An English class offered at UNC Chapel Hill this fall called “Literature of 9/11” explores the Sept. 11 terrorist attacks from the perspective of radical Islamists and those who view America as an imperialist nation.
The reading assignments for the class, which includes poems, memoirs and graphic novels, present terrorists in a sympathetic light and American political leaders as greedy, war hungry and corrupt, according to a review by The College Fix.
The readings mostly focus on justifying the actions of terrorists – painting them as fighting against an American regime, or mistaken idealists, or good people just trying to do what they deem right. None of the readings assigned in the freshman seminar present the Sept. 11 attacks from the perspective of those who died or from American families who lost loved ones.
“ENGL 72: Literature of 9/11” is taught by Neel Ahuja, an associate professor of English, comparative literature, and geography at University of North Carolina, Chapel Hill.
“Neel grew up in Topeka, Kansas. He studied transnational cultural studies at the University of California, San Diego and gender studies at Northwestern University, where he was a student organizer and labor solidarity activist,” according to his online faculty bio.
Ahuja did not respond to several emails from The College Fix seeking comment. Jim Gregory, UNC’s director of media relations, said in a telephone interview that the university does not have an official stance on the class.
First-year seminars are often esoteric in nature, and typically hone in on narrow and unique topics. They are meant to introduce new students to college-level courses, and “offer an introduction to the intellectual life of the university and focus on how scholars pose problems, discover truths, resolve controversies, and evaluate knowledge,” UNC’s website states.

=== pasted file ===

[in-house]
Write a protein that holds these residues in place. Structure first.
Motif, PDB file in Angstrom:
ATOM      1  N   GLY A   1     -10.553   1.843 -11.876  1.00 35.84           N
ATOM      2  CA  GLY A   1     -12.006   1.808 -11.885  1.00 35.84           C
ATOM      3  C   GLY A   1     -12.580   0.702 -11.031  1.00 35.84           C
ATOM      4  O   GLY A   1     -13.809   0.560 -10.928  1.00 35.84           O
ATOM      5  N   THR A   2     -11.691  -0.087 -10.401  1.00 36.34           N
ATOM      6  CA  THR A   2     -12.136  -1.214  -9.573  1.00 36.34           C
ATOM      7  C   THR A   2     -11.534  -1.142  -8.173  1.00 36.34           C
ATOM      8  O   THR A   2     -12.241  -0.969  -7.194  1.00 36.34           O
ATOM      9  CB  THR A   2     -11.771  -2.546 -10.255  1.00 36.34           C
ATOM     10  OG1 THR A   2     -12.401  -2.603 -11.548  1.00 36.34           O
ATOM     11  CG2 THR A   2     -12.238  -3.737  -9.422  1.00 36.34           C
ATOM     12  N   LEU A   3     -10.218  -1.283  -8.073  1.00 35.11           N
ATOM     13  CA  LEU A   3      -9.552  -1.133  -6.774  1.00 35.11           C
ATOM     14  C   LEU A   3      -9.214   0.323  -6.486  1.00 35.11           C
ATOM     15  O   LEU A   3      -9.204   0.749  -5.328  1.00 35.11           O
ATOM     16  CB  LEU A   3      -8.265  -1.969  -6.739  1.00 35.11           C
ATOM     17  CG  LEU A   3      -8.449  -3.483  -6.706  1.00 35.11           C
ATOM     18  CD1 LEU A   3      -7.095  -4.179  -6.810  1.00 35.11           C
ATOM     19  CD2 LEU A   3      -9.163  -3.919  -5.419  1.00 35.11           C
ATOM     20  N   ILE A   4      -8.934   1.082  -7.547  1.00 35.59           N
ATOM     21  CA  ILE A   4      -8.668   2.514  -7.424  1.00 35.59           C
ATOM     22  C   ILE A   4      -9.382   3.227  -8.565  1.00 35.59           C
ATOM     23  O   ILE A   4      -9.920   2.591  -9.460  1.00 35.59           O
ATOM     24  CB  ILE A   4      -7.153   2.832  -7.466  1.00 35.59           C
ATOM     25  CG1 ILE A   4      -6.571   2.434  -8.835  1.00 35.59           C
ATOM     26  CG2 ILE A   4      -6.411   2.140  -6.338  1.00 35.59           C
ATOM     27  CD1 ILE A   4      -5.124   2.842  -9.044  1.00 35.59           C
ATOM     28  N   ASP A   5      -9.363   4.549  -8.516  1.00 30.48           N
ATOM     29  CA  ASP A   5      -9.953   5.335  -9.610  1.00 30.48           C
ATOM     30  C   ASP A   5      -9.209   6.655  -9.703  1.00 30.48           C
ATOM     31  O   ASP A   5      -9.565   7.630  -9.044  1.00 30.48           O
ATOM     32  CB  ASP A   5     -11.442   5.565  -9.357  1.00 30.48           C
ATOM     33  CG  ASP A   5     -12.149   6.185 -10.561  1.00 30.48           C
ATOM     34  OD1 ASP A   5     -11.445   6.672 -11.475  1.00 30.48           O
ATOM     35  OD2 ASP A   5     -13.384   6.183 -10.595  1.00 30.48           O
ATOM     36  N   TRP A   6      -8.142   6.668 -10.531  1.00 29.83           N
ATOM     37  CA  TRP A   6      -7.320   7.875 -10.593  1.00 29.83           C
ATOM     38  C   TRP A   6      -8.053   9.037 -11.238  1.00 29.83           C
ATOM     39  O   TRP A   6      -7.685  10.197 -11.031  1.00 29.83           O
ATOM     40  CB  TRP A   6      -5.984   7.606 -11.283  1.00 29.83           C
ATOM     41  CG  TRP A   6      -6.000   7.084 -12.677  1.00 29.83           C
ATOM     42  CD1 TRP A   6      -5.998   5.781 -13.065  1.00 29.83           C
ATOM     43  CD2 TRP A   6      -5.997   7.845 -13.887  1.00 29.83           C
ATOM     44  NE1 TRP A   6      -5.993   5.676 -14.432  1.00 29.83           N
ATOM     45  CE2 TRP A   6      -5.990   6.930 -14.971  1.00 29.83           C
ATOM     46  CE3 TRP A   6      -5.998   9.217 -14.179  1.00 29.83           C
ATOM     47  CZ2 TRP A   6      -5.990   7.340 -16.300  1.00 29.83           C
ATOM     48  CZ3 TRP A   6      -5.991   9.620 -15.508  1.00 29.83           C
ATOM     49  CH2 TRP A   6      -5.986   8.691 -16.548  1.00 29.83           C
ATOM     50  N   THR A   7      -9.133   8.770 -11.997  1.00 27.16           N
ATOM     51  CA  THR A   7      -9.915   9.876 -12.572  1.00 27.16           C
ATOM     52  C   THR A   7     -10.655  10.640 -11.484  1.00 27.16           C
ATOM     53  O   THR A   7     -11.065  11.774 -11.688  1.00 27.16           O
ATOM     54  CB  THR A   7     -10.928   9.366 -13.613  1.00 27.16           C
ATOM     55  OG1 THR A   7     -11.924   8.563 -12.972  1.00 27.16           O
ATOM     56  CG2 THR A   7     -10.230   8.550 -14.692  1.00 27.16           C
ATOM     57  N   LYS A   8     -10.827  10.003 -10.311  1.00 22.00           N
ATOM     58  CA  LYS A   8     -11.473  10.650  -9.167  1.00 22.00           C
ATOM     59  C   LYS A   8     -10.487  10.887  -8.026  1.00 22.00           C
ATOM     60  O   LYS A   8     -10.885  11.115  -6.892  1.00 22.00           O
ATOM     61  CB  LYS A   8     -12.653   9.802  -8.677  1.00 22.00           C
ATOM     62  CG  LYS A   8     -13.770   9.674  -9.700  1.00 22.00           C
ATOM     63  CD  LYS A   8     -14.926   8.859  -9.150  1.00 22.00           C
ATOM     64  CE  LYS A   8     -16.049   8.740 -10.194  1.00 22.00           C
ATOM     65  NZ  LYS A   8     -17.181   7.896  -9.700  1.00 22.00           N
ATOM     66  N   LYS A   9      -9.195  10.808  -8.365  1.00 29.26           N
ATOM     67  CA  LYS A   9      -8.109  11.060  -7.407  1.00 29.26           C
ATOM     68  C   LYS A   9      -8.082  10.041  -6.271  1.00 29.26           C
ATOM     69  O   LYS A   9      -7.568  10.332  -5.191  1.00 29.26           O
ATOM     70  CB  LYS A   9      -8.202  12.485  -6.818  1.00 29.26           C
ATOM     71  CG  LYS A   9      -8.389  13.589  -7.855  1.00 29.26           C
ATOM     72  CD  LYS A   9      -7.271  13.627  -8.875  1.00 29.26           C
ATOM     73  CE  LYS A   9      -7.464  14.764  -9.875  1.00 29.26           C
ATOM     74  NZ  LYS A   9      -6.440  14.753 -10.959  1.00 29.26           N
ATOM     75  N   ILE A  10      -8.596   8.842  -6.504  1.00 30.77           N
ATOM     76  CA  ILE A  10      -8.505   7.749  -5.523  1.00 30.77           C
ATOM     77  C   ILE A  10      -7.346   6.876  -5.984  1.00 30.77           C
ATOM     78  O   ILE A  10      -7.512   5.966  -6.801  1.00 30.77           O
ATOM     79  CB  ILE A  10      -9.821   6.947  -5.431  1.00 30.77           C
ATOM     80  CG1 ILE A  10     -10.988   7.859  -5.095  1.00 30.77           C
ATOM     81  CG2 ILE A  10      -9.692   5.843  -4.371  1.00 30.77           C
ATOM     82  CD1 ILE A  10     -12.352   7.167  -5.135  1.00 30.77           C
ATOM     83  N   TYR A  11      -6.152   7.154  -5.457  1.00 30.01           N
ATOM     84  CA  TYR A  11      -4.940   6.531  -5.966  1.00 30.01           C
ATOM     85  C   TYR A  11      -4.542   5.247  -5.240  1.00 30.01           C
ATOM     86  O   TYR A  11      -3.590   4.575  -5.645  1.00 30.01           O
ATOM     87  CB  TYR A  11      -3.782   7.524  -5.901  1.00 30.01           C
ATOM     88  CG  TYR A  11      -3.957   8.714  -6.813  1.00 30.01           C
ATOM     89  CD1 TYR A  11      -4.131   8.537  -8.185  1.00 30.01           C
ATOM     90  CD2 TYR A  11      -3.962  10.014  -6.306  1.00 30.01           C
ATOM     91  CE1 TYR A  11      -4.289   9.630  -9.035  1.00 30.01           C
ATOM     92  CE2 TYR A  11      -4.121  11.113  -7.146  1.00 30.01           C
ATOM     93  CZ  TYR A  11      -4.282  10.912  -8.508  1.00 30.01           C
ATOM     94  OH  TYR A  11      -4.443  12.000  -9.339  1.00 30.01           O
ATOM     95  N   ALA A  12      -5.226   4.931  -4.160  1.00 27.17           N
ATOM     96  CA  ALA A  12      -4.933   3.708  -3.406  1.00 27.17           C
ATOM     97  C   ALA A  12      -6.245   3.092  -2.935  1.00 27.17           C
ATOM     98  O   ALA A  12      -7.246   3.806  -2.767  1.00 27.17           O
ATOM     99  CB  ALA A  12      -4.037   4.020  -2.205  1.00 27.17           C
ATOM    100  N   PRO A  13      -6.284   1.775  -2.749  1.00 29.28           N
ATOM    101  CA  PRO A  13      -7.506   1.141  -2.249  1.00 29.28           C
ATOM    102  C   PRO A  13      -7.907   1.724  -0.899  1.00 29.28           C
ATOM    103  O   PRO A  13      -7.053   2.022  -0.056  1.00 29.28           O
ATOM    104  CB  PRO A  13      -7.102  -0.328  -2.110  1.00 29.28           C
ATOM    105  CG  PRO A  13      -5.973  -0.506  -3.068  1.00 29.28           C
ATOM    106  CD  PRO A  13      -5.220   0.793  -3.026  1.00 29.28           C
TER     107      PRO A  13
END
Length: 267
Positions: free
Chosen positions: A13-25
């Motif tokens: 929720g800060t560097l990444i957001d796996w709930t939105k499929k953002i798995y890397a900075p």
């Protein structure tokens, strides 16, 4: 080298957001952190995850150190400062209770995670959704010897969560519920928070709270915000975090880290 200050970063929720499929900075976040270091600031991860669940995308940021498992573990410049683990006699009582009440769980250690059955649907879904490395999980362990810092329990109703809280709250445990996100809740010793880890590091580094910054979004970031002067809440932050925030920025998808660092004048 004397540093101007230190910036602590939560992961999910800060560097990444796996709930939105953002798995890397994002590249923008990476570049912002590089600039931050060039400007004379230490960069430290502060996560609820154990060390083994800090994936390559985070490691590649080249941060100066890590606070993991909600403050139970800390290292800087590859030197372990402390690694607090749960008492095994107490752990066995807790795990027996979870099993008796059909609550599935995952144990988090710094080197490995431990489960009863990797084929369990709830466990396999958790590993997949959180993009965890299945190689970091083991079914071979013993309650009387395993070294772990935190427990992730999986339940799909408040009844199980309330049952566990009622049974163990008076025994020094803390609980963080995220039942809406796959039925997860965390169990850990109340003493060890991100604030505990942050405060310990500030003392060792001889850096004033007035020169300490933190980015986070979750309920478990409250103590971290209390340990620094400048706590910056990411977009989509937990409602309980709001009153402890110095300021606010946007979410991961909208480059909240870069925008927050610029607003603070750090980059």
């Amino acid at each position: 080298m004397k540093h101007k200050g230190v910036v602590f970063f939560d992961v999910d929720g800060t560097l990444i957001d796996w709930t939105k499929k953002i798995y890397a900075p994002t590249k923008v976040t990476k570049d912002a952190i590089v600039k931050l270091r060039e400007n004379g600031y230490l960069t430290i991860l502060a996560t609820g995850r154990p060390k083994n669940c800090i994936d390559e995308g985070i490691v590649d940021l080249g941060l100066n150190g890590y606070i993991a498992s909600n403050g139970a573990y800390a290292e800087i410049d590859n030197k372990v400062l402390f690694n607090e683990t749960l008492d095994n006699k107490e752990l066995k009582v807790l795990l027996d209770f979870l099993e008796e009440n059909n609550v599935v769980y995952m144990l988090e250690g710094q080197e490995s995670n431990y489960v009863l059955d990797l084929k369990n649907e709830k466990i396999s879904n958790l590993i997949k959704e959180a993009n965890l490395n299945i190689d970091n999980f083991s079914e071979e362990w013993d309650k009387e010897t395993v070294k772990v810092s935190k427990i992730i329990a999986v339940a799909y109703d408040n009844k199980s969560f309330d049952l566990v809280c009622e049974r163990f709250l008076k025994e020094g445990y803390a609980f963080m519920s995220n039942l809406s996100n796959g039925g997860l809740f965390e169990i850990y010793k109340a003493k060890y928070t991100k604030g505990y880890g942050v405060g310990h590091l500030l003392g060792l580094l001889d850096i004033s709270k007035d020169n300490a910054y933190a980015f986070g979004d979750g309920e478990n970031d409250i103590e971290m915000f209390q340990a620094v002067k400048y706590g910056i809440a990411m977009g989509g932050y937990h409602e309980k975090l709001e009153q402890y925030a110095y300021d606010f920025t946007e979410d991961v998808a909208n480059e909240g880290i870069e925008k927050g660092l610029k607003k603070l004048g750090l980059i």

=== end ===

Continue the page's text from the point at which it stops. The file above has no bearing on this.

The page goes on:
Other seminars this fall at UNC include designing robots with Legos, the relationship between humans and animals, race and ethnic relations in the U.S., and even animals in Japanese folklore.
As for “Literature of 9/11,” its online description states it aims to “explore representations of the 9/11 attacks and their aftermath in literature and popular culture.”
To that end, the class covers a wide variety of readings, according to a list detailed by the campus bookstore’s website.
In the Shadow of No Towers is a collection of 9/11 comics by celebrated graphic artist Art Speigelman, who witnessed the attacks from his home in lower Manhattan. None of his family died in the attack, but Speigelman told Democracy Now he felt anger at how the incident was turned into a patriotic rallying cry, and his Towers work is an extension of those emotions.
The horrors his family survived that morning “were only the beginning for Spiegelman, as his anguish was quickly displaced by fury at the U.S. government, which shamelessly co-opted the events for its own preconceived agenda,” according to the book’s Amazon description.
An online database of professor salaries maintained by the News & Observer states Ahuja’s annual salary is $72,100.
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